Fast Company

Relationships

It's quite an honor to speak to Fast Company's readers.

Lately I've been thinking a lot about relationships.

I look at Yahoo. That started as a relationship between two kids who were attending Stanford. Apple? A relationship between two high-school students in Silicon Valley.

As I look back on my life, all sorts of good things happened due to relationships.

But, how many people really think about cultivating relationships?

Not many, in my experience. Let's talk more about relationships and see if we can discover some new ways to network.

The other day I was in Best Buy (since I do video for a Microsoft site, I am a frequent customer) and I was talking to the woman who runs the camcorder department. Her name is Sarah. She said something the other day that shocked me:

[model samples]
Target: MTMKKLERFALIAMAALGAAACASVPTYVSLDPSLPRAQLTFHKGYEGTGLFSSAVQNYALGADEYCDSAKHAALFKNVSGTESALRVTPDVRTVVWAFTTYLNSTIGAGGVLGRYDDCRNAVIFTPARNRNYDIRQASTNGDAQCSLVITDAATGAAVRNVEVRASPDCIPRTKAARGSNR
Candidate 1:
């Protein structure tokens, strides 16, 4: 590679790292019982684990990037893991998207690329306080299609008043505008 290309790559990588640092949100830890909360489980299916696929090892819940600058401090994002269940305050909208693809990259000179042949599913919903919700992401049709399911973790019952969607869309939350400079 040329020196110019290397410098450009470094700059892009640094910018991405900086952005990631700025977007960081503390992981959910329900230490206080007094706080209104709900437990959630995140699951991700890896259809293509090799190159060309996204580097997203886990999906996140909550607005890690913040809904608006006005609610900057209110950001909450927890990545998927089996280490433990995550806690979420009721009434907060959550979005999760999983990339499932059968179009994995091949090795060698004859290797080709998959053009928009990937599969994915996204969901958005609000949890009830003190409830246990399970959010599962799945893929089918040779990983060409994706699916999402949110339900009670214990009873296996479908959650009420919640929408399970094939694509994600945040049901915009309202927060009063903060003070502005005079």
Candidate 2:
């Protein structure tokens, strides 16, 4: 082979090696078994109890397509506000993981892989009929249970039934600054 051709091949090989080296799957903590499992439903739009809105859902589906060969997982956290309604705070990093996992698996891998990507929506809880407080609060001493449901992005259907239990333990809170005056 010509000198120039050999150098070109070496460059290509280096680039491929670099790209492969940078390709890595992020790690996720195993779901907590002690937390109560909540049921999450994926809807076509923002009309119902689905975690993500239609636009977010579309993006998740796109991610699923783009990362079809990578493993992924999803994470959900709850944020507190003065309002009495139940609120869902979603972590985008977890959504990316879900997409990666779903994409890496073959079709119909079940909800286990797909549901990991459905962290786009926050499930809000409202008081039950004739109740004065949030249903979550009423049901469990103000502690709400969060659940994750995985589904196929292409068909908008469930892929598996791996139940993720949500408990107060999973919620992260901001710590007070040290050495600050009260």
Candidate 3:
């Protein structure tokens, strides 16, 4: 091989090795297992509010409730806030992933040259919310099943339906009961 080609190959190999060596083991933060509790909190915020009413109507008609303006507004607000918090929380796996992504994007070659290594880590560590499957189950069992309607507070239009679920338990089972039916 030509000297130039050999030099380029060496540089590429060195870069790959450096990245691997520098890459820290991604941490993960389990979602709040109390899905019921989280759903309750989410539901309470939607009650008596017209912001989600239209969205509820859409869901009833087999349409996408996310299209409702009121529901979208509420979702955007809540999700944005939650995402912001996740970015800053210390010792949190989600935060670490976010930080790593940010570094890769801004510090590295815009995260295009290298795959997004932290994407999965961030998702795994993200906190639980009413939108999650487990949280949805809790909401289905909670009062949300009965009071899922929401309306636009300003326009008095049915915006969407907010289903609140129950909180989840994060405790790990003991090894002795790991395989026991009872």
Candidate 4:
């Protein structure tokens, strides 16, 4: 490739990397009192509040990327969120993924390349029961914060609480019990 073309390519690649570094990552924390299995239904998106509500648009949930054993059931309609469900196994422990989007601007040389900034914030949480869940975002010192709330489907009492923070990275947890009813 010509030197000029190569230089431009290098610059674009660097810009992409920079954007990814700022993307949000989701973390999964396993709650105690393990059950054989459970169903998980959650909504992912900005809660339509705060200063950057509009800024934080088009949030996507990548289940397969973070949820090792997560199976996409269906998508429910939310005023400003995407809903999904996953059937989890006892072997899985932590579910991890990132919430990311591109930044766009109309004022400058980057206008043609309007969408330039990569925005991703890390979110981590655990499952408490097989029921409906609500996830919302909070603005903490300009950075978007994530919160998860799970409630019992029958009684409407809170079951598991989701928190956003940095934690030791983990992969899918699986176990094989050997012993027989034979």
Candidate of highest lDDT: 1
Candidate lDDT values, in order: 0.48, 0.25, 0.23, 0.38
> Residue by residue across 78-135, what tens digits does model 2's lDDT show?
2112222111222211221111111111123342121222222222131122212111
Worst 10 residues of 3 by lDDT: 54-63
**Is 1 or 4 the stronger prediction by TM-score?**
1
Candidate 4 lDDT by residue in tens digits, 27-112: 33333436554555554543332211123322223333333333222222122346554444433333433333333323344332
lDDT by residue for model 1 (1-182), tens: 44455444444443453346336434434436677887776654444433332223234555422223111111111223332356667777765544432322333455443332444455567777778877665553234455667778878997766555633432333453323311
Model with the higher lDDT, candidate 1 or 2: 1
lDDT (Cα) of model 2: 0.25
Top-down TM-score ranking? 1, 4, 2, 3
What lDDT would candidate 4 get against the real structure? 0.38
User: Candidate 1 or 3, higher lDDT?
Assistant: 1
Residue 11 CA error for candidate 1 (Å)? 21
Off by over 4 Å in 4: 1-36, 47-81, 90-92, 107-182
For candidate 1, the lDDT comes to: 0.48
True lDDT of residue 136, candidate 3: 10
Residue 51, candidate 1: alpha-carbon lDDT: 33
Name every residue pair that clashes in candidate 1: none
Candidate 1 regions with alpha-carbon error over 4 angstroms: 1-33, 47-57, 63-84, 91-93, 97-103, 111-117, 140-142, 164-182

"You're the among the nicest Microsoft employes I've ever dealt with."

Now, this isn't about tooting my own horn. It's about a life skill I picked up somewhere. It's so important that I added it to my corporate weblog manifesto.

Treat everyone the way you would like to be treated.

"But what does this have to do with blogging or you being on Fast Company?"

Here's the deal. The more people who are in your personal network AND who like you, the more likely good things will come your way.

Yesterday I was sitting at a bar with some coworkers. I noticed a nicely dressed gentleman sitting nearby and it looked like he wanted to talk with someone. I turned around and said "what do you do?" I quickly learned he was a Vice President in charge of Finance at Starbucks.